Your social security number
Position with the company
Professional group
Seniority level
Date you started working for the company

Middle section 

Settlement period or Periodo de liquidación
A payslip is in fact similar to an invoice, so it should include a settlement period where it states the number of days worked for the payment being received. This is typically one month or 30 working days.

Revenues and expenses/accruals or Devengos
The revenues and expenses part of your payslip will state the gross amount of income that you have earned for a particular period worked. It will include your base salary, as well as bonuses and extra non-salary payments that are not taxed as part of your salary. These include compensation or payments for redundancy and must not exceed 30 percent of your salary payments.

Base salary or Salario base
Your base salary is the minimum amount you get each month. This will be at least €1,000 which is the minimum wage or SMI set for 2022, if you are working a full day of at least 40 hours per week.

This section will also include:

Supplements or Plus Convenio
This will detail any extra amounts received in relation to your work, such as extra shifts covered, working overtime and payments for extra training.

Extraordinary bonuses or Gratificaciones extraordinarias
If you work in sales, you may regularly get bonuses, but you may also get extra ones at Christmas for example. You may actually receive 14 payments but will receive them 12 times a year or once per month.

Remuneration
This part refers to extra payments to which income tax can be applied such as payments for private medical insurance, petrol for a company car or restaurant coupons to use when you’re working away.

Expenses
This refers the expenses you have incurred in order to carry out your job. It could be the cost of material or transportation if these have previously been agreed upon with your employer.

Social security and benefits or Prestaciones e indemnizaciones de la Seguridad Social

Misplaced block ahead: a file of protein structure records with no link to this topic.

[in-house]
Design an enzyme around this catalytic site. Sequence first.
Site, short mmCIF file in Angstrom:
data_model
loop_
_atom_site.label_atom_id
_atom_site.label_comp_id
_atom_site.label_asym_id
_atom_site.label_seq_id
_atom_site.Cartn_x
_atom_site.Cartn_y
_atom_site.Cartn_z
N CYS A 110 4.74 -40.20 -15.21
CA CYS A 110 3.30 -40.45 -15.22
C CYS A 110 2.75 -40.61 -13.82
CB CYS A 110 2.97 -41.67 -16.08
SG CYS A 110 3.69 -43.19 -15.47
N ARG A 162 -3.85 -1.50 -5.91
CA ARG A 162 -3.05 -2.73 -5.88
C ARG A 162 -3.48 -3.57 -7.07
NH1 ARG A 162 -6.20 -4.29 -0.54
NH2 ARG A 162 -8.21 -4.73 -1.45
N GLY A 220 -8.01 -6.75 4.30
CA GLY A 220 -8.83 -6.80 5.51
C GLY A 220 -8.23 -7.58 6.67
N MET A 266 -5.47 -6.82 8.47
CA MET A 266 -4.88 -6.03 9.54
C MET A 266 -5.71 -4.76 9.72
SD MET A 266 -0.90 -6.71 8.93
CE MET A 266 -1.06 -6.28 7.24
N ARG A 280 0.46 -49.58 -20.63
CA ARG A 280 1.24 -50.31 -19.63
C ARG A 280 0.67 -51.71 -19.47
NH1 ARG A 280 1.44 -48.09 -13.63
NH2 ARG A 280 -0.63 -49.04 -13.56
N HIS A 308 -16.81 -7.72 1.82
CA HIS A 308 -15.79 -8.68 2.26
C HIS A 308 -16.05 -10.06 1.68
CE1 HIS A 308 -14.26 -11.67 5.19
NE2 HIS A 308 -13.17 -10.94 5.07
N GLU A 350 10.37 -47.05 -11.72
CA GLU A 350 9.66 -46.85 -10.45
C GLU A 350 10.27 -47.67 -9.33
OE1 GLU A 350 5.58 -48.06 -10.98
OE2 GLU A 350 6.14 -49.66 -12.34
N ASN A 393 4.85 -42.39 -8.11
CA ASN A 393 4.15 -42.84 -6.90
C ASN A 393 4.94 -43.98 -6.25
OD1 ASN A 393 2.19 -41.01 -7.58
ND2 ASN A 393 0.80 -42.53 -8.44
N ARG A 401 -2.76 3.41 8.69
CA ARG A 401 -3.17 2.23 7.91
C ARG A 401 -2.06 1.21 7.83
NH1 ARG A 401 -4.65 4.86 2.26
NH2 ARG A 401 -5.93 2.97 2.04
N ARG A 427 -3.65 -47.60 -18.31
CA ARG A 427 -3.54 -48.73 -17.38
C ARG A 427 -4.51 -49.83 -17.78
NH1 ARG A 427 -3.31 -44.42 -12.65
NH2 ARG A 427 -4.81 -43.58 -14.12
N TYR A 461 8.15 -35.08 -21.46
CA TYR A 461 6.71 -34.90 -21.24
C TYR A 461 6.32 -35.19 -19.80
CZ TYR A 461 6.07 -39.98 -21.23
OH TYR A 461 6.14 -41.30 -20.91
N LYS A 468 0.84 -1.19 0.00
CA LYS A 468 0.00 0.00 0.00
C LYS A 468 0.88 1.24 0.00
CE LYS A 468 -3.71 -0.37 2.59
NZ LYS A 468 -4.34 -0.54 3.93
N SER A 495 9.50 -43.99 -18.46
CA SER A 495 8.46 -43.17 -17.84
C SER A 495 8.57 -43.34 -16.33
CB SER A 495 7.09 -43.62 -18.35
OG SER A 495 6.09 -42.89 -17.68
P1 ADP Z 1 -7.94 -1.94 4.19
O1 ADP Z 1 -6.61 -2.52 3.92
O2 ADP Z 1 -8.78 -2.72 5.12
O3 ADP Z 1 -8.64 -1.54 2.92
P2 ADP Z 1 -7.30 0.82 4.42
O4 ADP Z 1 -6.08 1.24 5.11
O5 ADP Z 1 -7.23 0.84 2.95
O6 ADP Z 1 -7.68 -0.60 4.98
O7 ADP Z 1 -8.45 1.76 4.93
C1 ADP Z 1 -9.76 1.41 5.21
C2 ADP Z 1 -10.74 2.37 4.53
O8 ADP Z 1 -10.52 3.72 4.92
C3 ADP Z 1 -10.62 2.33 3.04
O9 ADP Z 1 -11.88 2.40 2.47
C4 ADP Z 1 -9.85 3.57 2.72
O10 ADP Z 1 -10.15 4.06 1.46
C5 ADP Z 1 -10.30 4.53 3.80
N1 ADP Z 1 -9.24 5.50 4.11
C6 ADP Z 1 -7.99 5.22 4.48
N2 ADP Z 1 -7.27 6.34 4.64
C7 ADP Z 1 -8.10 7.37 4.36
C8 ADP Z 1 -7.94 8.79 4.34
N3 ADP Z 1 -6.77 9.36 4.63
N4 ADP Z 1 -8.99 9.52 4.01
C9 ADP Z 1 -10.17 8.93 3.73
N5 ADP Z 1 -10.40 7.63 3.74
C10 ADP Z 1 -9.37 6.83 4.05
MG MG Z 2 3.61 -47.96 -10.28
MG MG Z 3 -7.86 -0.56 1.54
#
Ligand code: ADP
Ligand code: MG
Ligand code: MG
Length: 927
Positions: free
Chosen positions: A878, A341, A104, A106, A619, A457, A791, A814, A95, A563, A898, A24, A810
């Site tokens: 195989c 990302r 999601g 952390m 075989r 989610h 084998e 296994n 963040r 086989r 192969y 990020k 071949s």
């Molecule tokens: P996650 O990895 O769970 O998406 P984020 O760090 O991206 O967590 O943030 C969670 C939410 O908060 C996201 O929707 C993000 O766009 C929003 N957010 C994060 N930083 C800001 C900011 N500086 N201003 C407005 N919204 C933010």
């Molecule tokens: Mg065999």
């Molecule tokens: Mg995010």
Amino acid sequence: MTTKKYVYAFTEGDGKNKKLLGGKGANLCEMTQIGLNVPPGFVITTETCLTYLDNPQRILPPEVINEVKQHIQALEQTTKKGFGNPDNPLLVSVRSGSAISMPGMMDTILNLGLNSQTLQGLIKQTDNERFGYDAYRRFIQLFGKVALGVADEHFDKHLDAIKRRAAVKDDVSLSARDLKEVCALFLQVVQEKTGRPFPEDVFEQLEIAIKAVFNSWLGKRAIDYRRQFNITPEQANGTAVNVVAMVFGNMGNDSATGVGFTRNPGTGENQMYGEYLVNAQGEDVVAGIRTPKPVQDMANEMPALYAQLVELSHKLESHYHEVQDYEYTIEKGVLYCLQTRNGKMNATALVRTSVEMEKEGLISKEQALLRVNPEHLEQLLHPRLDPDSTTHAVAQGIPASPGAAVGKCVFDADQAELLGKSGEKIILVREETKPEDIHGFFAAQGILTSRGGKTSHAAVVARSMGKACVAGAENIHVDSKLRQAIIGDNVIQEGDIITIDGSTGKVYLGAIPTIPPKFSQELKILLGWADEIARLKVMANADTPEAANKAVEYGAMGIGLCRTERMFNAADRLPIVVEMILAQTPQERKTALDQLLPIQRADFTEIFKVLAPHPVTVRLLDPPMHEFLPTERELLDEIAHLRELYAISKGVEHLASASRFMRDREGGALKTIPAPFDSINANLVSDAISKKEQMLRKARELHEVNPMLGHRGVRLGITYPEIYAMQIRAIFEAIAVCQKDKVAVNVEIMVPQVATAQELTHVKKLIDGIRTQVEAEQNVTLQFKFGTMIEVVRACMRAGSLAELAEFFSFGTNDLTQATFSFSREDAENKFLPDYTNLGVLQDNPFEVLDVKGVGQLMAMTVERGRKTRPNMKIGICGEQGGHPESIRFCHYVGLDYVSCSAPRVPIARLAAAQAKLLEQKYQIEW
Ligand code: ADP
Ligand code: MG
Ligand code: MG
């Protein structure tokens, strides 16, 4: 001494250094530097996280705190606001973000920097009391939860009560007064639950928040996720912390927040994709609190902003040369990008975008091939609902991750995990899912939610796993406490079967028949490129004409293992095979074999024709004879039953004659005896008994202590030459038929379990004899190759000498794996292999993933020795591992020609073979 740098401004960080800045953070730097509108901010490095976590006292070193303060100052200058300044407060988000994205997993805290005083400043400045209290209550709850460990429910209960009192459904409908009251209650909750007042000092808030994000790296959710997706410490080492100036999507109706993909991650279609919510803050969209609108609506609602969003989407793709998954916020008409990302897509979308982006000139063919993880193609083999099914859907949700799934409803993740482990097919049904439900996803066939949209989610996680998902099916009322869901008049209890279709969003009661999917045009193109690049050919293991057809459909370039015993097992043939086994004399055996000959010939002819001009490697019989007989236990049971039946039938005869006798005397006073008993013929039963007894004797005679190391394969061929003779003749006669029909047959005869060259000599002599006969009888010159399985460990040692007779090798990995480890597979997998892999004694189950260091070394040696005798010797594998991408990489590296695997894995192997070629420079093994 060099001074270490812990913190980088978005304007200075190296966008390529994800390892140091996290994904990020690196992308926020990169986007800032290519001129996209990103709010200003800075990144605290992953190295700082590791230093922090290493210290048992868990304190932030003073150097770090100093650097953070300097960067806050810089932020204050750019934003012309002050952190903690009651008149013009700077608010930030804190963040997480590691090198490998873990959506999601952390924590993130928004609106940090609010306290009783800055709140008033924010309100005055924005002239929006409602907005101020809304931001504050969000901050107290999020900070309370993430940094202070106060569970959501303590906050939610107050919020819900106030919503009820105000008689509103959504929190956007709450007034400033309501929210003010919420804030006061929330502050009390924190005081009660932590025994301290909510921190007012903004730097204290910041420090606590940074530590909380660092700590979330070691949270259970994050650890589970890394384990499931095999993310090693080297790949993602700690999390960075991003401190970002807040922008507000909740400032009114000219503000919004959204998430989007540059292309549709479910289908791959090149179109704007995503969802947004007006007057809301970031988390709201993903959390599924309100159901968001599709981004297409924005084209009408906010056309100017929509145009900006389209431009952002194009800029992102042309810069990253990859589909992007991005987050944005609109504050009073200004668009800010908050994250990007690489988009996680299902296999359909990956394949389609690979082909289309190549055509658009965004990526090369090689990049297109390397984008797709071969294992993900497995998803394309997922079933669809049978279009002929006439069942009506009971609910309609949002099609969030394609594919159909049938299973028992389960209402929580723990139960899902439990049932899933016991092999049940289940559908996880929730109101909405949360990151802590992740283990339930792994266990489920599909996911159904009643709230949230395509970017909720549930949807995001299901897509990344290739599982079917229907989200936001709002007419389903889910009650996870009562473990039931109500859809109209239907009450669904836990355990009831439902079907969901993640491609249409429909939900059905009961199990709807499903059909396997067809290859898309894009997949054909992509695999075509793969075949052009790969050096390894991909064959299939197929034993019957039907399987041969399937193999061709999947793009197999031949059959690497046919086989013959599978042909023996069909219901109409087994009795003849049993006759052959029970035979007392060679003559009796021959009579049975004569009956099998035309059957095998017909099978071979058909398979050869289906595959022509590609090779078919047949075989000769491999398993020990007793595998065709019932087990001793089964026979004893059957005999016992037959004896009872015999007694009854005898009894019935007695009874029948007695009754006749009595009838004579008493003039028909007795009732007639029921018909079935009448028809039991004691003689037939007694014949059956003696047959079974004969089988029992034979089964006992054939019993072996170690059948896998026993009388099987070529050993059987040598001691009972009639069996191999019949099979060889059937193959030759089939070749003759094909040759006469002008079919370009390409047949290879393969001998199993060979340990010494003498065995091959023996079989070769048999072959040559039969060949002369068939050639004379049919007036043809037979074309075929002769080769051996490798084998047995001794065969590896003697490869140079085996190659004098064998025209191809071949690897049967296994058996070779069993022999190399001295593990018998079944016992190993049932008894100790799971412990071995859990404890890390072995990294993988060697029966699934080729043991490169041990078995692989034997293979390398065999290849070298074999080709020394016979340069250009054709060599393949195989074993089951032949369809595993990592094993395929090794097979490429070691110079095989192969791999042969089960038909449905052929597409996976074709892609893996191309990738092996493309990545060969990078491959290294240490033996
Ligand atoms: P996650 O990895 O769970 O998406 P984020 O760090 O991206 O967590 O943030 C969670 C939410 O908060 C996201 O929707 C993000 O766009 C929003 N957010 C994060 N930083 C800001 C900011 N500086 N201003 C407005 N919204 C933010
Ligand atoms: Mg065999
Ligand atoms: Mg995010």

There may also be added benefits for suspensions or dismissals, as well as expenses assumed by the company, such as disability or unemployment benefits.

At the end of all of this, with everything added together, you will see your total gross salary. It’s important to remember though that this isn’t the amount you will get in your bank account each month as there will be several deductions to take into account first.

Deductions or Deducciones

This section of your payslip includes all amounts taken away from your total gross salary in relation to income tax and social security payments. These will include:

Social security or Seguridad Social

Your social security covers for healthcare, sick pay, accidents at work, maternity or paternity pay or temporary disability, and although your employer pays this, you will be responsible for paying 4.70 percent, which will be taken away from your total.

Unemployment or Desempleo
This is the amount that will cover you for potential unemployment or redundancy should the situation arise and varies according to the type of contract you have. It could be anything from 1.55 percent for a fixed-term contract to 1.60 percent for a full-time contract.

Overtime due to force majeure or Horas extraordinarias por fuerza mayor
This will include any extra hours that you worked involuntarily.

Overtime without force majeure or Horas extraordinarias sin fuerza mayor
These are the extra hours you worked voluntarily and can incur withholdings up to 4.7 percent.

Personal income tax or Impuesto sobre la renta de la personas físicas

Your income tax or IRPF will also be taken away from your total gross salary before it appears in your bank account. The percentage that you are charged will vary depending on how much you earn as well as your personal situation, your family (including if you’re married and have children) and the type of contract you have.

Salary advances or Salario Anticipo
If you are allowed to get any advances on your salary, this will also be reflected in your payslip and deducted here.

Value of products you received
This refers to the products and services you may get from your company received as wages, which are also subject to income tax.  

Other deductions
Other deductions on your income tax may include union payments or loan repayments for example.

After all of this is calculated, you will be able to know the actual amount that you should finally receive. If you need to question anything, you can refer to the footer section, which will state the specific rates applied for your calculations